Release Date: May 25, 2018 This content is archived.
BUFFALO, N.Y. — Developing new medicines to treat pulmonary fibrosis, one of the most common and serious forms of lung disease, is not easy.
One reason: it’s difficult to mimic how the disease damages and scars lung tissue over time, often forcing scientists to employ a hodgepodge of time-consuming and costly techniques to assess the effectiveness of potential treatments.
Now, new biotechnology reported in the journal Nature Communications could streamline the drug-testing process.
The innovation relies on the same technology used to print electronic chips, photolithography. Only instead of semiconducting materials, researchers placed upon the chip arrays of thin, pliable lab-grown lung tissues — in other words, its lung-on-a-chip technology.
“Obviously it’s not an entire lung, but the technology can mimic the damaging effects of lung fibrosis. Ultimately, it could change how we test new drugs, making the process quicker and less expensive,” says lead author Ruogang Zhao, PhD, assistant professor in the Department of Biomedical Engineering at the University at Buffalo.
The department is a multidisciplinary unit formed by UB’s School of Engineering and Applied Sciences and the Jacobs School of Medicine and Biomedical Sciences at UB.
With limited tools for fibrosis study, scientists have struggled to develop medicine to treat the disease. To date, there are only two drugs — pirfenidone and nintedanib — approved by the U.S. Food and Drug Administrations that help slow its progress.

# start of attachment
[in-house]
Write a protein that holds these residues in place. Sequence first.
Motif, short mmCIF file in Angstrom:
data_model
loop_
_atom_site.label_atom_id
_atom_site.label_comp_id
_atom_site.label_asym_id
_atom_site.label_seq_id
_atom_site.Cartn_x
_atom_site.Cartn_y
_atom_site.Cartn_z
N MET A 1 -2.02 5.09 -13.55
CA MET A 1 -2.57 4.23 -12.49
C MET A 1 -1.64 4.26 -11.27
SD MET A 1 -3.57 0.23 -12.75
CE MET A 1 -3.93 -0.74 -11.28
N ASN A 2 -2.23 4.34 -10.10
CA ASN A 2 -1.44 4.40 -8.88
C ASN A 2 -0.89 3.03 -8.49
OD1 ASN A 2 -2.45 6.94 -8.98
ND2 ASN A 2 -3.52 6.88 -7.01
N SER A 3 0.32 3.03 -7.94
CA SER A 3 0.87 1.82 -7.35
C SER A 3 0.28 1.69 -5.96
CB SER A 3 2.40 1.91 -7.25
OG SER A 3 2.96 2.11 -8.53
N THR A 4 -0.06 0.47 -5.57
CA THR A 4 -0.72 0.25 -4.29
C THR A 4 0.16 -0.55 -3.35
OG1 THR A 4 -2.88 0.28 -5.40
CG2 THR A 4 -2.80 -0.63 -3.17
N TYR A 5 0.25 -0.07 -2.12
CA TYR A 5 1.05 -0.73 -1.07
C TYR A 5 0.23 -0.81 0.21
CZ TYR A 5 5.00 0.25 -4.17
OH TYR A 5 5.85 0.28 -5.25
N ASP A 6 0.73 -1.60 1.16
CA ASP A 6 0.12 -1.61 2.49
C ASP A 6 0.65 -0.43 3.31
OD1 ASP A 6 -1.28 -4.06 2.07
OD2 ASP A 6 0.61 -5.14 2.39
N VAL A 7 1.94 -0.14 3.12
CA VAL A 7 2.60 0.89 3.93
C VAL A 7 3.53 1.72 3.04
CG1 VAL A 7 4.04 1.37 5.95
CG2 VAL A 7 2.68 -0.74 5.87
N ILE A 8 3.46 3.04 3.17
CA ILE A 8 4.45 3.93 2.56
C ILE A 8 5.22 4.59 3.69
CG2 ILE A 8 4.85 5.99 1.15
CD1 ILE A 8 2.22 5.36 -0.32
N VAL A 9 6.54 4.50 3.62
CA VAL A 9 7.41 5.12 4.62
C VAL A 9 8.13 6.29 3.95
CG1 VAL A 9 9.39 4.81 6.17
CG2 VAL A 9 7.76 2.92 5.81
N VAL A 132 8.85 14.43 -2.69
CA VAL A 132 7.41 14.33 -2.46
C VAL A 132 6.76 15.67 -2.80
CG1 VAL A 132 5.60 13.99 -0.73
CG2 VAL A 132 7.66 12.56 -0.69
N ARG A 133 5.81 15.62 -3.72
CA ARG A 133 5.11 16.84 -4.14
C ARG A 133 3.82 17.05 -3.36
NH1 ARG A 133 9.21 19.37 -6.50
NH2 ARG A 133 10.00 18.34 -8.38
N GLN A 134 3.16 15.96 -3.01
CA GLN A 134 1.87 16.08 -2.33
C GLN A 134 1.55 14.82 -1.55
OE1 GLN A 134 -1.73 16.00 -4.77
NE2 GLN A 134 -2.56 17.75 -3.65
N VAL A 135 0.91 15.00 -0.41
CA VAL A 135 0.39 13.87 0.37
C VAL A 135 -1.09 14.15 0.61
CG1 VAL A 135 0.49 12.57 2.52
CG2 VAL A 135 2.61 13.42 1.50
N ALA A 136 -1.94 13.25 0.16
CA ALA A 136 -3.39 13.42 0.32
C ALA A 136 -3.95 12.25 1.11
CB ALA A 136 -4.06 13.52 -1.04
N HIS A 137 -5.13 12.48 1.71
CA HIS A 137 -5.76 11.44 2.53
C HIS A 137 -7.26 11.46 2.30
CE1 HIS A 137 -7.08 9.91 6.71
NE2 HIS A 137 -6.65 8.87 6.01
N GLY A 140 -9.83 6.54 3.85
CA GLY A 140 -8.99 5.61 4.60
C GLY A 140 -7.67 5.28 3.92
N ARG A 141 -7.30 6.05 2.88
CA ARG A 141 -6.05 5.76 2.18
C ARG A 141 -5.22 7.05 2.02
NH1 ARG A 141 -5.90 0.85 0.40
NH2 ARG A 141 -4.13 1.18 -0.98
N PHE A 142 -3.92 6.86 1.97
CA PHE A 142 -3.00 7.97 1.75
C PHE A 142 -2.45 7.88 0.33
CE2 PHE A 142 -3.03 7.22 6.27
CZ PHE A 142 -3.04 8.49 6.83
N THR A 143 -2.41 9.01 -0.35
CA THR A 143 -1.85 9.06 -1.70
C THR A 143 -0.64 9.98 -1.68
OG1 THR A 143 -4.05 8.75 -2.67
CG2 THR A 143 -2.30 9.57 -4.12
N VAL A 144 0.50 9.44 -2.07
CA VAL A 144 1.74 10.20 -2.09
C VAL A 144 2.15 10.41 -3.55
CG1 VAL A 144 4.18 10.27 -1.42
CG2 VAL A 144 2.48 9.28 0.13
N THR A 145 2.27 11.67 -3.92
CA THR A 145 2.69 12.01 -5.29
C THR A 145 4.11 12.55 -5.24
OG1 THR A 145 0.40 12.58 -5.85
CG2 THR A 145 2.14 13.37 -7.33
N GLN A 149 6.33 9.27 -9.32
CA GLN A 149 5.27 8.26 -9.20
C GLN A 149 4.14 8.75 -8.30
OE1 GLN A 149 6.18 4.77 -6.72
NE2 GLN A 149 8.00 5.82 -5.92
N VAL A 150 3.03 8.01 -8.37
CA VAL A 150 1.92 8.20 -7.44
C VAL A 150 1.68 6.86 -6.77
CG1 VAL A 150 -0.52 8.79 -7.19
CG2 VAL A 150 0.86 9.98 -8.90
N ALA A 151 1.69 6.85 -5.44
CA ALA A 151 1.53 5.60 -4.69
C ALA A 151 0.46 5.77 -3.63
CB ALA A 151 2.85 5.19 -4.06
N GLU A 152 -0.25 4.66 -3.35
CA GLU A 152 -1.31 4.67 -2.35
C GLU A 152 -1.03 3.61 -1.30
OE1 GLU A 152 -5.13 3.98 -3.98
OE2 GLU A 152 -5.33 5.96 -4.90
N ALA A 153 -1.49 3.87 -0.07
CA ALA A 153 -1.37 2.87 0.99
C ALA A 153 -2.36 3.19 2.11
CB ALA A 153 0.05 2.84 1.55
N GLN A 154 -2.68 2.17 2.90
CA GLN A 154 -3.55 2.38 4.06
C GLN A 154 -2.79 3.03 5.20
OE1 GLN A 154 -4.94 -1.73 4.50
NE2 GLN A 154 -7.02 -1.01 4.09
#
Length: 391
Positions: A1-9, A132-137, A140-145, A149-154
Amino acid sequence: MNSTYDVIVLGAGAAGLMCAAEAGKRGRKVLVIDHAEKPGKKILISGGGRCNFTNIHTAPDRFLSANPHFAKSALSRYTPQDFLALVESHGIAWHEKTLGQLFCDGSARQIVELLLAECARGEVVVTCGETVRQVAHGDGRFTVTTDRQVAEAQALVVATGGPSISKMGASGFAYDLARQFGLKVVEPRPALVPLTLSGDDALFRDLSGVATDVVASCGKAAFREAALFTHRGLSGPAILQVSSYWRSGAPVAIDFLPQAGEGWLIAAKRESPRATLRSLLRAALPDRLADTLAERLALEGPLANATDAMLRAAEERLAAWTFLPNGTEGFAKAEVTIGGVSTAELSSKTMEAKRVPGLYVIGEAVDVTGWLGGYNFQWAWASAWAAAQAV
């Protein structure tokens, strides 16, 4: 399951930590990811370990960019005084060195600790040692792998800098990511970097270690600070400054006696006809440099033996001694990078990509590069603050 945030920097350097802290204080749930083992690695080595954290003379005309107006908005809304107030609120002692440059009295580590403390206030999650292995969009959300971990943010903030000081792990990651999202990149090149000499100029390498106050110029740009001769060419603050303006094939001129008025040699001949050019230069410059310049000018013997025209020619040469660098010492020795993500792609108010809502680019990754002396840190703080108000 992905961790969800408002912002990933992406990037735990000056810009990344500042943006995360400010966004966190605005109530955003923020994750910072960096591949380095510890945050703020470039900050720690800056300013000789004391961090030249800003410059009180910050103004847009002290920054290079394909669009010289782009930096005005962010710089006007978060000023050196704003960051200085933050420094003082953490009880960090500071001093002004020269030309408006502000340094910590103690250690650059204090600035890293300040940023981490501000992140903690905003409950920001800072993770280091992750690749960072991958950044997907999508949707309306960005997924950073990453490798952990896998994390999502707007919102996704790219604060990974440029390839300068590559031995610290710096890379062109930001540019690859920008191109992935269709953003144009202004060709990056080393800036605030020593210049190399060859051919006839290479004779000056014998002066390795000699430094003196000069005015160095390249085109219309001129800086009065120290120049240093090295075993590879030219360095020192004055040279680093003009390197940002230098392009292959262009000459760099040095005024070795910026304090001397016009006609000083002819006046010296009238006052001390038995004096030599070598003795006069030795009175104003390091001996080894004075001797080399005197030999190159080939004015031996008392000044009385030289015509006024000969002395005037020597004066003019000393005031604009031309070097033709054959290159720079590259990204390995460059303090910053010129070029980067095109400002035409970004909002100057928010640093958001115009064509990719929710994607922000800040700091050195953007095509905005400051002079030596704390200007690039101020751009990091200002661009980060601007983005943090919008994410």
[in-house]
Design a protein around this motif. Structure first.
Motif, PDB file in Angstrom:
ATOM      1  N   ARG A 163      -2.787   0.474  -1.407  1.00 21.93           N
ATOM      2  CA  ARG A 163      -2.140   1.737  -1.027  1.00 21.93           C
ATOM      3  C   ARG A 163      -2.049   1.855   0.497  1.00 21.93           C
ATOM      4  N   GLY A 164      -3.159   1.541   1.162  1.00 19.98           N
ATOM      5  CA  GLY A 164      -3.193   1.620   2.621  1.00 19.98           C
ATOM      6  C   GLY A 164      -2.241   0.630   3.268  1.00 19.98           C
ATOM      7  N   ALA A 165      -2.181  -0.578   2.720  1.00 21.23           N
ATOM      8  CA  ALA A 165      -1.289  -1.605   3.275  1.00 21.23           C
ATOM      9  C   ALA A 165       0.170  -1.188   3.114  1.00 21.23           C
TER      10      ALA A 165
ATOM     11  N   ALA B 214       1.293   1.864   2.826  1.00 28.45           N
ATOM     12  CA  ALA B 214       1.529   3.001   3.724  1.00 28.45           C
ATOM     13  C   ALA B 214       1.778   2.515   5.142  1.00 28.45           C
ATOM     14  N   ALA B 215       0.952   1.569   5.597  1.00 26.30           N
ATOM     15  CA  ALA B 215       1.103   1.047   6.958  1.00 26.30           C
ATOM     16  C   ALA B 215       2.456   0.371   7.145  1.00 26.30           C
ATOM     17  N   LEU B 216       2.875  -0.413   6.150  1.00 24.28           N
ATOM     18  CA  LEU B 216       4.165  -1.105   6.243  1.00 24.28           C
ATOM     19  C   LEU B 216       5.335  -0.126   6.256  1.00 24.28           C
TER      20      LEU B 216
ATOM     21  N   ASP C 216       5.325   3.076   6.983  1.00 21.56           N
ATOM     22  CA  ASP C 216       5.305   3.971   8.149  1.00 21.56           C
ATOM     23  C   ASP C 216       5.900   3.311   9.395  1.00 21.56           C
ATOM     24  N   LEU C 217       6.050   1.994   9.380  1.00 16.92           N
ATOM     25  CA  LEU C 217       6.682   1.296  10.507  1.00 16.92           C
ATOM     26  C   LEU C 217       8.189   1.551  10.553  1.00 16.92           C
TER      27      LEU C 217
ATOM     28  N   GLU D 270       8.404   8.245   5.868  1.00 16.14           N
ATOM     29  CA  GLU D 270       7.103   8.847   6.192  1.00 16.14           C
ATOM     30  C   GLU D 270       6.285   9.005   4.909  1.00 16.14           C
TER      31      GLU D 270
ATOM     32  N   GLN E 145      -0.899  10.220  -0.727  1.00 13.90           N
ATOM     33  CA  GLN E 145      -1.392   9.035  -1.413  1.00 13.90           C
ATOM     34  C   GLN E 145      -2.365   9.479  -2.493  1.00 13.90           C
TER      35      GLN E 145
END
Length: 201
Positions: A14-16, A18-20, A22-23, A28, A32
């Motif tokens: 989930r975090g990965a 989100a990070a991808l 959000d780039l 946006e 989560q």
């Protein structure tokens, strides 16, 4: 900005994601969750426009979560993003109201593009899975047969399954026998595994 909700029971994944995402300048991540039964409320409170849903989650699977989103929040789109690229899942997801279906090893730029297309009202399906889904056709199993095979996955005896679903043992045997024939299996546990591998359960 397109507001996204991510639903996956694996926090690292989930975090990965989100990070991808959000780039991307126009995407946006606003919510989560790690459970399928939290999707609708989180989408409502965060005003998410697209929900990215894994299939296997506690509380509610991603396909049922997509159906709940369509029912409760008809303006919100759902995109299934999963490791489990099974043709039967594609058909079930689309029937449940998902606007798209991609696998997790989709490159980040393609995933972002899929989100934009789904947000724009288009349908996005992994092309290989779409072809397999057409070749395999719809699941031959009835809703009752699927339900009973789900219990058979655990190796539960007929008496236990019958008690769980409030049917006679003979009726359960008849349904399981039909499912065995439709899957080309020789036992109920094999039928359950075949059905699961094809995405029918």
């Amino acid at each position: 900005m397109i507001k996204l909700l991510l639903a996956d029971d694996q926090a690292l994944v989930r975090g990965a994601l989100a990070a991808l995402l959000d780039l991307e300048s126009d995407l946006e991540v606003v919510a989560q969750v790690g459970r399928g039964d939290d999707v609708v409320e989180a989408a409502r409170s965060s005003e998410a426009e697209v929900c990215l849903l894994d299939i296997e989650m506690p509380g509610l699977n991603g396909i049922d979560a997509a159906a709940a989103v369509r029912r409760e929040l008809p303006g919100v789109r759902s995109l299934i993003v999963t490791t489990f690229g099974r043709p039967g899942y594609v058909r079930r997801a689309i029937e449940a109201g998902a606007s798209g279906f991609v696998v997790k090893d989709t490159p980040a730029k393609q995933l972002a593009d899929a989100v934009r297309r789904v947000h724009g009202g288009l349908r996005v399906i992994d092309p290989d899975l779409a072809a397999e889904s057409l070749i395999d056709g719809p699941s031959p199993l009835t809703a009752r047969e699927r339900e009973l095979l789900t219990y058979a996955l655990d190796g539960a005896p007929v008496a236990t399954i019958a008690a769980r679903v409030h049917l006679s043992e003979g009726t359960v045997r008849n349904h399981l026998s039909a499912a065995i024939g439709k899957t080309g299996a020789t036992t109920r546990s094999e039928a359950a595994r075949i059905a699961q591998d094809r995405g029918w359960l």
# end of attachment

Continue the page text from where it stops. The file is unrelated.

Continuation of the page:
However, both drugs treat only one type of lung fibrosis: idiopathic pulmonary fibrosis. There are more than 200 types of lung fibrosis, according to the American Lung Association, and fibrosis also can affect other vital organs, such as the heart, liver and kidney.
Furthermore, the existing tools do not simulate the progression of lung fibrosis over time — a drawback that has made the development of medicine challenging and relatively expensive. Zhao’s research team, which included past and present students, as well as a University of Toronto collaborator, created the lung-on-a-chip technology to help address these issues.
Using microlithography, the researchers printed tiny, flexible pillars made of a silicon-based organic polymer. They then placed the tissue, which acts like alveoli (the tiny air sacs in the lungs that allow us to consume oxygen), on top of the pillars.
Researchers induced fibrosis by introducing a protein that causes healthy lung cells to become diseased, leading to the contraction and stiffening of the engineered lung tissue. This mimics the scarring of the lung alveolar tissue in people who suffer from the disease.
The tissue contraction causes the flexible pillars to bend, allowing researchers to calculate the tissue contraction force based on simple mechanical principles.
Researchers tested the system’s effectiveness with pirfenidone and nintedanib. While each drug works differently, the system showed the positive results for both, suggesting the lung-on-a-chip technology could be used to test a variety of potential treatments for lung fibrosis.
The research was supported by the National Institutes of Health; the UB School of Engineering and Applied Sciences; the Jacobs School of Medicine and Biomedical Sciences at UB; and the Clinical and Translational Science Institute at UB.